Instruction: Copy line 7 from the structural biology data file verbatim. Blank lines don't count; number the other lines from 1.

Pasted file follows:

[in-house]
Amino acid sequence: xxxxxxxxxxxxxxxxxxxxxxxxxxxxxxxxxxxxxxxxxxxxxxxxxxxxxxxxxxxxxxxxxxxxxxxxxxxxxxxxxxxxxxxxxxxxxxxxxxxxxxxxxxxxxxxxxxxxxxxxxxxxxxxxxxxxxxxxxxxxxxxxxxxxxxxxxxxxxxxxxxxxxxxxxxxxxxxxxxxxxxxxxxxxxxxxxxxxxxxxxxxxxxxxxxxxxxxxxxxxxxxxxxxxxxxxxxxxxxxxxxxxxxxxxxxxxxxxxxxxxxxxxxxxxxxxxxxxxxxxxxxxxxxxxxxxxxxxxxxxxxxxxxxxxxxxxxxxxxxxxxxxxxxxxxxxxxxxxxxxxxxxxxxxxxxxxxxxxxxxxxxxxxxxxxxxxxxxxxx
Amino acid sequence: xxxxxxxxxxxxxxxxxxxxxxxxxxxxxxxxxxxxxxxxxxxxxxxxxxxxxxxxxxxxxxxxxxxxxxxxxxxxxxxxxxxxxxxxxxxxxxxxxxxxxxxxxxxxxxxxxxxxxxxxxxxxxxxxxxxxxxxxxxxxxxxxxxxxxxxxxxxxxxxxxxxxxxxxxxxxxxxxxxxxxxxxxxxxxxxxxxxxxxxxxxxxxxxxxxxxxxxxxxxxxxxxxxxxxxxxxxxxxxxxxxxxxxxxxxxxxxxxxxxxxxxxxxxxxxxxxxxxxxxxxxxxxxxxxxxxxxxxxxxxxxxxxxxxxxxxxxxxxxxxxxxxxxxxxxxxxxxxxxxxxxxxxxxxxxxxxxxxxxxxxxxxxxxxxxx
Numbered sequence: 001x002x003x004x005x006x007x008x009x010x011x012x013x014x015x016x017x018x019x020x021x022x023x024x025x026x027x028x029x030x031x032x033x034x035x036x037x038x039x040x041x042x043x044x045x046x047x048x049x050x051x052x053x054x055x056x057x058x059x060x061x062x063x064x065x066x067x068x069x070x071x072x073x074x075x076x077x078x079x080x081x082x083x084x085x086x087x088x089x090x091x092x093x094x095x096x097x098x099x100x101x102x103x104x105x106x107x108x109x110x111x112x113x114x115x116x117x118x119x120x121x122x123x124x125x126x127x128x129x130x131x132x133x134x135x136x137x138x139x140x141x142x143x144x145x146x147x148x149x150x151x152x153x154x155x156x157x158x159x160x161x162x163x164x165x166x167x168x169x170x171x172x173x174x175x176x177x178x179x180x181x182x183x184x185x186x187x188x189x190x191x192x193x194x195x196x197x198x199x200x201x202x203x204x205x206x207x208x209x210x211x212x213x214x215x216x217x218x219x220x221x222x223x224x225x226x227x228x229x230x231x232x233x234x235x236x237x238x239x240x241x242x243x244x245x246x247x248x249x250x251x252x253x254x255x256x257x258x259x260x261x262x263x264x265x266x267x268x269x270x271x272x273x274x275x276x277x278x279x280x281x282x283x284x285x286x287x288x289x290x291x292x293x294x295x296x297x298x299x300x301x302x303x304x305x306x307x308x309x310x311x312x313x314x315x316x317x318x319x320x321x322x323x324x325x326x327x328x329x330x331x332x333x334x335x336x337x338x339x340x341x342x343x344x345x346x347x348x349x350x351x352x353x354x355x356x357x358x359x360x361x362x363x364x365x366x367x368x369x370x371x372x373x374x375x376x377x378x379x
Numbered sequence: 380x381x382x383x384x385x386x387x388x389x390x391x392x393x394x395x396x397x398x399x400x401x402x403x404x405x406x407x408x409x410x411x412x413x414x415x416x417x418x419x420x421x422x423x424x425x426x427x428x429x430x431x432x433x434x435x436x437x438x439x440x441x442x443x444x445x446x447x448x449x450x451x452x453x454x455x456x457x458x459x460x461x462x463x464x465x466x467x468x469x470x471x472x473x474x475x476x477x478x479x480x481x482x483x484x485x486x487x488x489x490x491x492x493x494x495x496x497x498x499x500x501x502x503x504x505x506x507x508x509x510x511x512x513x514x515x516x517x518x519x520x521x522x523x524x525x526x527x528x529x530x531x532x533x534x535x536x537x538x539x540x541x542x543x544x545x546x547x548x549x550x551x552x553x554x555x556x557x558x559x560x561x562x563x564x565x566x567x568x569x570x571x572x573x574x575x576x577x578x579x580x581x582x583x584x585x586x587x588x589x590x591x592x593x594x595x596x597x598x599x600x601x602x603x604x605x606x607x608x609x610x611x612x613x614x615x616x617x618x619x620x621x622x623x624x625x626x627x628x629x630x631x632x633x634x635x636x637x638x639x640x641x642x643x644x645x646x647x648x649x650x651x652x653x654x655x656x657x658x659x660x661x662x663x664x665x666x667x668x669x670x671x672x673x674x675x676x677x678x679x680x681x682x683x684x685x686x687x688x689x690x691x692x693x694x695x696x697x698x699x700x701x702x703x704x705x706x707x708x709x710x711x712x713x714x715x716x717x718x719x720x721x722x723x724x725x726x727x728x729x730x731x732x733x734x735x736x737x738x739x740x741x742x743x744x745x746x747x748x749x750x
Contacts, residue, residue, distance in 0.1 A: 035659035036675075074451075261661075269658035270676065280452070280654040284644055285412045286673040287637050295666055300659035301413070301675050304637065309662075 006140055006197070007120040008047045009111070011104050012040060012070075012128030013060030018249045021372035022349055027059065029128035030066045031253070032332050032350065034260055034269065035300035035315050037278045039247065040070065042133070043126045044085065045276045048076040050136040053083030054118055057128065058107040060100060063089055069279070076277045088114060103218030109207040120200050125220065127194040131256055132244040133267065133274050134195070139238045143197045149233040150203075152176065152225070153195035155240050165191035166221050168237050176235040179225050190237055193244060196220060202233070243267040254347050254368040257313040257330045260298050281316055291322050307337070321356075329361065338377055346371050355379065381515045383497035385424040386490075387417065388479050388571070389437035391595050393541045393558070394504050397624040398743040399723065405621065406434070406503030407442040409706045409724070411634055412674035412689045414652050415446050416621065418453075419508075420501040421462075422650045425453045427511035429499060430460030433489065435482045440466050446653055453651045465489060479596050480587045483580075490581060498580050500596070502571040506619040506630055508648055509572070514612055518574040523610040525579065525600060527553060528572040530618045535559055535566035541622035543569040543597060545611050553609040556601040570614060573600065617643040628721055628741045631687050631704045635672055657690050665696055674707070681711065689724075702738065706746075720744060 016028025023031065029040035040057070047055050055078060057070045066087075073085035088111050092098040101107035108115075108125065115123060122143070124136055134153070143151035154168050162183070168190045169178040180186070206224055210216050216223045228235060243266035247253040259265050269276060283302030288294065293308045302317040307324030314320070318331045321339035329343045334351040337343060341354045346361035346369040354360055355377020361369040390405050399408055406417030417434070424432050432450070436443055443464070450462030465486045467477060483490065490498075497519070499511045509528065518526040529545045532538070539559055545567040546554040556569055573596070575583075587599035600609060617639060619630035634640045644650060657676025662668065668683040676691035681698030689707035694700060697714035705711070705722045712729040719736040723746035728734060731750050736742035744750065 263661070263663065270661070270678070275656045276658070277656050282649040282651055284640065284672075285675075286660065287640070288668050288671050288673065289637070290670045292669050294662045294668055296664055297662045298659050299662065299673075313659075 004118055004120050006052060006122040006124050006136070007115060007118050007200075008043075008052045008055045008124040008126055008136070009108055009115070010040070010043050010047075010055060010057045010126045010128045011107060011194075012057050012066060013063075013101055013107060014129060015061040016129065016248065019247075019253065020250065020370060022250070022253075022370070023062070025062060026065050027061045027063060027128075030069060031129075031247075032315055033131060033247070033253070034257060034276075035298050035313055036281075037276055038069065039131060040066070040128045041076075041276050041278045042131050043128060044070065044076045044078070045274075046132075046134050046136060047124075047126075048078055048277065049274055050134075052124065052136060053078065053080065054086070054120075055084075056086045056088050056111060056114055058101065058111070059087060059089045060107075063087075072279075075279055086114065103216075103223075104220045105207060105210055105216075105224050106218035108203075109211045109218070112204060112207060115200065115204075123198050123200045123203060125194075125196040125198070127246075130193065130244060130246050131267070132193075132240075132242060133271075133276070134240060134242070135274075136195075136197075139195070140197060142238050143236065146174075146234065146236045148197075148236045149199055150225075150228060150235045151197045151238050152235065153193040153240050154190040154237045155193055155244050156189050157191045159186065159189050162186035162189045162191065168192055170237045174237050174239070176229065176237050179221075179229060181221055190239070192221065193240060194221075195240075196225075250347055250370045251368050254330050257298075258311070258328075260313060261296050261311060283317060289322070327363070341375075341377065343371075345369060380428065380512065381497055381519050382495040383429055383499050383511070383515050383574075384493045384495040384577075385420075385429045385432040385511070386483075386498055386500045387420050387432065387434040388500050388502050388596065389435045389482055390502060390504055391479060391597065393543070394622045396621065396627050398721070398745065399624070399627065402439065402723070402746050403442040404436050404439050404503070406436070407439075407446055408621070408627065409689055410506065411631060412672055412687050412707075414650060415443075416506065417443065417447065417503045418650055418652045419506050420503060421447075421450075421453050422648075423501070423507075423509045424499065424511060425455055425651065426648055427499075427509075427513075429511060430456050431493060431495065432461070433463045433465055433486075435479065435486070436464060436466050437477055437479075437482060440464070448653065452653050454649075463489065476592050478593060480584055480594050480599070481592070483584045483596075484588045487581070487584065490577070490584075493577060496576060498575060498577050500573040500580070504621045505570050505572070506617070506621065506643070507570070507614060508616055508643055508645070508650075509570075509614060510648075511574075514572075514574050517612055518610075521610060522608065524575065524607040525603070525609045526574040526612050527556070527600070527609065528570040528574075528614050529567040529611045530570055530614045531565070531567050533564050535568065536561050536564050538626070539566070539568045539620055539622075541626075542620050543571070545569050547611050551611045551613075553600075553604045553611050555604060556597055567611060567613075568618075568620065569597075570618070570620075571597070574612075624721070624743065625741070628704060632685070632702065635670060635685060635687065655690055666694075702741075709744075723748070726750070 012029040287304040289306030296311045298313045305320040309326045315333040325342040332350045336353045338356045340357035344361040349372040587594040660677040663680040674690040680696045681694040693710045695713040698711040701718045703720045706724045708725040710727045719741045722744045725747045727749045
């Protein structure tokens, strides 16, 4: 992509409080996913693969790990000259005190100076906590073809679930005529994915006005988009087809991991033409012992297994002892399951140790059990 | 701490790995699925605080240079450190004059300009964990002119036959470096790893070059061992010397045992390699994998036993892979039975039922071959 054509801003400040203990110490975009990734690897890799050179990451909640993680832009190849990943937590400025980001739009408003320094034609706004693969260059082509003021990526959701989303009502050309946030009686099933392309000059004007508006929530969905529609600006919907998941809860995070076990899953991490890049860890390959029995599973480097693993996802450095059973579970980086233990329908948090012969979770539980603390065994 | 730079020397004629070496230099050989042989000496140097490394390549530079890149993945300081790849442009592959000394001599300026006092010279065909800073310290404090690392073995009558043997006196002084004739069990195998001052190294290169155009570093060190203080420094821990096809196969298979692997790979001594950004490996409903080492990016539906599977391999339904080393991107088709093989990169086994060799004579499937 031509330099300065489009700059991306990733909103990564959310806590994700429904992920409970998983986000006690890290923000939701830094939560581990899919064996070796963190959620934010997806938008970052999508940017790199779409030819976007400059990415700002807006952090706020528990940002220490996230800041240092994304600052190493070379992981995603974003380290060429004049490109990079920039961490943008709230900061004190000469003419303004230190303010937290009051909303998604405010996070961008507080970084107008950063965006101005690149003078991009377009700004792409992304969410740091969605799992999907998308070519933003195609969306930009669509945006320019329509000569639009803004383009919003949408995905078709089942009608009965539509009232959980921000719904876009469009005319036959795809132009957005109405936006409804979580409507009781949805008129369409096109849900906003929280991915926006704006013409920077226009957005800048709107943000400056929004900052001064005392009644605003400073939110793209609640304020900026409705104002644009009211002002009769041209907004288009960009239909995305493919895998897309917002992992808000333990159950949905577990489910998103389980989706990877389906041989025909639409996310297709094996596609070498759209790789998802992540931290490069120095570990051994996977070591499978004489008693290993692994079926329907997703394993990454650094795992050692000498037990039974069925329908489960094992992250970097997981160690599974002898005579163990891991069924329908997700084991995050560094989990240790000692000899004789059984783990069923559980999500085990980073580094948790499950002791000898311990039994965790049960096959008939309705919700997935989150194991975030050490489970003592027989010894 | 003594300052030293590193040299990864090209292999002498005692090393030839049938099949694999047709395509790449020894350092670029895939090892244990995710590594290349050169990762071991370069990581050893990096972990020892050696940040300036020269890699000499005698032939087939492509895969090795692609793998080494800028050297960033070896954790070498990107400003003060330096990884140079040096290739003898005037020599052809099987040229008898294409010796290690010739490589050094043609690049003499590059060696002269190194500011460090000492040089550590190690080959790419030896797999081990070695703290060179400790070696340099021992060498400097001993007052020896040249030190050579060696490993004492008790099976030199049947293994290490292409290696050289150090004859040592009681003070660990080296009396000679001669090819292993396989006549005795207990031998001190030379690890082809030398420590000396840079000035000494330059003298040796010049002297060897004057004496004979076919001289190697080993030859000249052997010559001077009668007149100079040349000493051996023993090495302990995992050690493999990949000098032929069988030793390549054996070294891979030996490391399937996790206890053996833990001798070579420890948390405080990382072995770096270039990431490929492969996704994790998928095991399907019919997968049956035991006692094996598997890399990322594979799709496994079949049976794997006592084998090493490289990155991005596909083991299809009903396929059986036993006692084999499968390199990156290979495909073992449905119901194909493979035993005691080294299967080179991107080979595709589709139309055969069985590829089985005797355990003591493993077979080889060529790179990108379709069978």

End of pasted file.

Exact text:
């Protein structure tokens, strides 16, 4: 992509409080996913693969790990000259005190100076906590073809679930005529994915006005988009087809991991033409012992297994002892399951140790059990 | 701490790995699925605080240079450190004059300009964990002119036959470096790893070059061992010397045992390699994998036993892979039975039922071959 054509801003400040203990110490975009990734690897890799050179990451909640993680832009190849990943937590400025980001739009408003320094034609706004693969260059082509003021990526959701989303009502050309946030009686099933392309000059004007508006929530969905529609600006919907998941809860995070076990899953991490890049860890390959029995599973480097693993996802450095059973579970980086233990329908948090012969979770539980603390065994 | 730079020397004629070496230099050989042989000496140097490394390549530079890149993945300081790849442009592959000394001599300026006092010279065909800073310290404090690392073995009558043997006196002084004739069990195998001052190294290169155009570093060190203080420094821990096809196969298979692997790979001594950004490996409903080492990016539906599977391999339904080393991107088709093989990169086994060799004579499937 031509330099300065489009700059991306990733909103990564959310806590994700429904992920409970998983986000006690890290923000939701830094939560581990899919064996070796963190959620934010997806938008970052999508940017790199779409030819976007400059990415700002807006952090706020528990940002220490996230800041240092994304600052190493070379992981995603974003380290060429004049490109990079920039961490943008709230900061004190000469003419303004230190303010937290009051909303998604405010996070961008507080970084107008950063965006101005690149003078991009377009700004792409992304969410740091969605799992999907998308070519933003195609969306930009669509945006320019329509000569639009803004383009919003949408995905078709089942009608009965539509009232959980921000719904876009469009005319036959795809132009957005109405936006409804979580409507009781949805008129369409096109849900906003929280991915926006704006013409920077226009957005800048709107943000400056929004900052001064005392009644605003400073939110793209609640304020900026409705104002644009009211002002009769041209907004288009960009239909995305493919895998897309917002992992808000333990159950949905577990489910998103389980989706990877389906041989025909639409996310297709094996596609070498759209790789998802992540931290490069120095570990051994996977070591499978004489008693290993692994079926329907997703394993990454650094795992050692000498037990039974069925329908489960094992992250970097997981160690599974002898005579163990891991069924329908997700084991995050560094989990240790000692000899004789059984783990069923559980999500085990980073580094948790499950002791000898311990039994965790049960096959008939309705919700997935989150194991975030050490489970003592027989010894 | 003594300052030293590193040299990864090209292999002498005692090393030839049938099949694999047709395509790449020894350092670029895939090892244990995710590594290349050169990762071991370069990581050893990096972990020892050696940040300036020269890699000499005698032939087939492509895969090795692609793998080494800028050297960033070896954790070498990107400003003060330096990884140079040096290739003898005037020599052809099987040229008898294409010796290690010739490589050094043609690049003499590059060696002269190194500011460090000492040089550590190690080959790419030896797999081990070695703290060179400790070696340099021992060498400097001993007052020896040249030190050579060696490993004492008790099976030199049947293994290490292409290696050289150090004859040592009681003070660990080296009396000679001669090819292993396989006549005795207990031998001190030379690890082809030398420590000396840079000035000494330059003298040796010049002297060897004057004496004979076919001289190697080993030859000249052997010559001077009668007149100079040349000493051996023993090495302990995992050690493999990949000098032929069988030793390549054996070294891979030996490391399937996790206890053996833990001798070579420890948390405080990382072995770096270039990431490929492969996704994790998928095991399907019919997968049956035991006692094996598997890399990322594979799709496994079949049976794997006592084998090493490289990155991005596909083991299809009903396929059986036993006692084999499968390199990156290979495909073992449905119901194909493979035993005691080294299967080179991107080979595709589709139309055969069985590829089985005797355990003591493993077979080889060529790179990108379709069978």